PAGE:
Thunder Notebook: Players adjusting to bubble life

By Michael Kinney

After weeks of nothing but practicing against themselves, the Oklahoma City Thunder will finally get a look at another jersey. The first scrimmages of the NBA restart tipped off Wednesday at the Walt Disney World Resort in Orlando.

The Thunder will take the court Friday at 4 p.m. against the Boston Celtics. Being able to see actual competition instead of practices will be a relief for the players.

The first round of exhibition games will have a different feel to them in more ways than one. The NBA decided last week to shorten the games to 10 minutes quarters instead of the usual 12.

All 33 exhibitions to be televised by some combination of local TV, national TV, NBA TV or NBA League Pass.

The first two Thunder scrimmages can be caught on the Thunder Mobile App and at okcthunder.com.  The third and final scrimmage against Portland can be seen on Fox Sports.

Because this is such a unique situation, coach Billy Donovan can envision the coaches getting together ahead of time and discussing what situations they want their respective teams to work on.

“I think we’re always open to doing that,” Donovan said. “There is no problem with it. But I think everyone is kind of focused on their team and what they need. I think if there were certain situations you wanted to take a look at, you may have a conversation.”

Is it SGA’s time?

One of the players who has garnered the most attention during the first few weeks of the bubble life has been Thunder second-year guard Shai Gilgeous-Alexander. His teammates have raved about how much he has improved just off the past four months of the NBA shutdown.

“He is going to be a star in this league,” said Chris Paul, who has taken Gilgeous-Alexander under his wings. “We’ll just continue to try to educate each other on everything that’s going around going on around us, not just the game.”

When asked why so many people believe he has such a bright future, Gilgeous-Alexander said it comes down to work ethic and what he is willing to do.

“I want to be great. But then there’s the time you put into it and not everyone’s willing to do that. But that’s something I’m willing to do,” said Gilgeous-Alexander.

Adjusting to bubble life

The Thunder has joined 21 other NBA teams sequestered away at the resort for the restart. While several players have voiced their complaints about their surroundings, the Oklahoma City squad seems to be just taking it all in stride and looking at the big picture.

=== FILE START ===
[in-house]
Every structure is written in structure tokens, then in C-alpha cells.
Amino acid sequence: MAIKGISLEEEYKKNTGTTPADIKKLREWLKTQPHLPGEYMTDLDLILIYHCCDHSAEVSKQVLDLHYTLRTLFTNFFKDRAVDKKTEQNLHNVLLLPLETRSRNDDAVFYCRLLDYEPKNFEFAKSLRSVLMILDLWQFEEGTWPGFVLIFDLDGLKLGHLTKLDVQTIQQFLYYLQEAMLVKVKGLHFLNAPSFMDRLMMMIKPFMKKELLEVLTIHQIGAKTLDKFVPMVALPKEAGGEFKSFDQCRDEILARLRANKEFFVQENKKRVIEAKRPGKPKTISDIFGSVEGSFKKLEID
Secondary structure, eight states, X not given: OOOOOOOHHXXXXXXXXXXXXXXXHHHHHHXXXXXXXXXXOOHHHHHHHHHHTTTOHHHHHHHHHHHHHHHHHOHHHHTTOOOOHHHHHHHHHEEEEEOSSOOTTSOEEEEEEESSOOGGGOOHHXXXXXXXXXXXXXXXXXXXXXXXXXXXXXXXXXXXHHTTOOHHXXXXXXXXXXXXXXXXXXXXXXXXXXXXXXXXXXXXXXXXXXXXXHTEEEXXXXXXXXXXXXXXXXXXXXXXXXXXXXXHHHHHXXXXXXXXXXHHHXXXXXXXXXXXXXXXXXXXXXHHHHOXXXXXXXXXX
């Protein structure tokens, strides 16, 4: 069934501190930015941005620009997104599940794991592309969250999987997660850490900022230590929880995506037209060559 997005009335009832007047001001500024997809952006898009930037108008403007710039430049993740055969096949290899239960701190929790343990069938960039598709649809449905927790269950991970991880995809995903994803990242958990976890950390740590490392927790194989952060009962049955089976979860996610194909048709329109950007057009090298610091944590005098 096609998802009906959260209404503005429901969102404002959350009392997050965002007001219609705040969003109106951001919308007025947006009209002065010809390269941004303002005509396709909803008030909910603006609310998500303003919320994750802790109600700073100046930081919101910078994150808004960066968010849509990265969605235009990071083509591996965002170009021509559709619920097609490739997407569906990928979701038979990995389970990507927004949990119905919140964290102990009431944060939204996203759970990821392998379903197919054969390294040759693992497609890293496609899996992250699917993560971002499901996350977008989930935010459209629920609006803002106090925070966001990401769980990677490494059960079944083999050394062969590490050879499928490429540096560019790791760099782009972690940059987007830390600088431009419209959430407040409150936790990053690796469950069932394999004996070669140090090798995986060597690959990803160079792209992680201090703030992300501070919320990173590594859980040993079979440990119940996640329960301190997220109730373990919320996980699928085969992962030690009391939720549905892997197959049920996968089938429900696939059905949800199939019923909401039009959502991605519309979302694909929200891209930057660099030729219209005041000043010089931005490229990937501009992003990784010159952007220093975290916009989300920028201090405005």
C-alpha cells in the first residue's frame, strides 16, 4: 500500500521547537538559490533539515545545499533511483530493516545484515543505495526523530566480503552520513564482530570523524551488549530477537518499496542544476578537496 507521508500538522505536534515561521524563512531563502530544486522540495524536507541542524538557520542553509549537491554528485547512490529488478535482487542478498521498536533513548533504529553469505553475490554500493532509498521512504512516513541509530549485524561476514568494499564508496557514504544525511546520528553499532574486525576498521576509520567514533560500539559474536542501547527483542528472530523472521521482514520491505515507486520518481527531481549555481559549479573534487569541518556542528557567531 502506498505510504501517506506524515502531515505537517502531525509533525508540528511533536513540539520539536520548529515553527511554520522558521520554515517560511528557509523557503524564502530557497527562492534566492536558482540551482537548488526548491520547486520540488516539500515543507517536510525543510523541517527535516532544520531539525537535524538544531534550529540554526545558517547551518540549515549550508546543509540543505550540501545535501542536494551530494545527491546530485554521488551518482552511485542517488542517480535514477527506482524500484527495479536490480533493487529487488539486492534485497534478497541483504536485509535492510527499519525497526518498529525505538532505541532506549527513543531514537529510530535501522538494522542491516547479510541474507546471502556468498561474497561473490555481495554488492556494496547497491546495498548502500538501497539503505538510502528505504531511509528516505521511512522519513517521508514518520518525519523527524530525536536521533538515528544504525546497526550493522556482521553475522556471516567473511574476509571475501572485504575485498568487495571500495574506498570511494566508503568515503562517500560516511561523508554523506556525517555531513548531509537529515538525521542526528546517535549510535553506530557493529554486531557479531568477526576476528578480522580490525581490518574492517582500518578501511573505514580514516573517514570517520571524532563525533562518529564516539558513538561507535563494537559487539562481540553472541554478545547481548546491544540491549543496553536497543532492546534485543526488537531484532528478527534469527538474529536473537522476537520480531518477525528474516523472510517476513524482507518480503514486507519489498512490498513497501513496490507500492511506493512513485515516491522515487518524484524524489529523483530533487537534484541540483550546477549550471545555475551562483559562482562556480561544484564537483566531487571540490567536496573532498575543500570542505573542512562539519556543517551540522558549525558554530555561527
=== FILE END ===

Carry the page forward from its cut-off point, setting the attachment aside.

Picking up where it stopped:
“Let’s be clear: This is not Syria. It’s not that hard. It’s not that difficult. We’re living at a bloody resort. Everyone is going to complain, everyone has their own preferences. But it’s not anything too serious. Dry food here and there, get bored every now and then. It’s all good, man.”

For Lu Dort, he uses his free time to improve his skills on video games so he can challenge his older teammates.

“I am not playing Fifa, Dort said. “I just started playing. I heard the best one is Mike Muscala and Dennis (Schroder). But I am trying to get better to just play against them.”

When Abdel Nader is not practicing or in film sessions, he says he is often reading or meditating.

Adams isn’t the only player from the Thunder who is looking at the bigger picture. Paul made sure to bring attention to the deaths of civil rights leads John Lewis and CT Vivian after being asked a basketball question during his viral media session.

“It’s about life, and who you are as a human being,” Paul said. “Today is a sad day in that we lost two of the most powerful activists that we’ve ever had, C.T. Vivian and John Lewis. The impact that they had on America I think is unbelievable. I think a lot of times people look at us athletes as heroes and what we can do as far as dunking a basketball or throwing a touchdown, but the things that they did as human beings. I don’t think we do enough learning and teaching about it. I think that’s more important than any other stuff that’s going on down here.”

Even though Paul is away from his family while he is in the NBA bubble, he still wanted to make sure his children were learning life lessons.

“All I could think about was trying to educate my kids more on these things because at times we tend to teach them about athletics and sports and different things,” Paul said. “But I think the real education of some of these pioneers and these activists who fought, day in and day out, to give us these freedoms that I think we at times take for granted.”

Paul takes his role as an elder statesman on the team seriously. He says he makes sure to spend time with his much younger teammates during their isolation away from the real world.

“I think that’s the coolest part about being together right now in these situations is that we can talk, and understand what’s going on in America right now, the different social injustices and ways that they can be active and the ways that they can let their voices be heard,” Paul said.

Part of being heard also means using his platform as a star in the NBA. On Wednesday, Paul announced he was joining Carmelo Anthony and Dwyane Wade to create the Social CHange Fund.

“Our mission is to address socio-economic injustice issues facing Black and Brown communities by making meaningful change,” Paul stated on social media. “Looking forward to building a better, more equal tomorrow.”

Story & Photo by Michael Kinney/Michael Kinney Media

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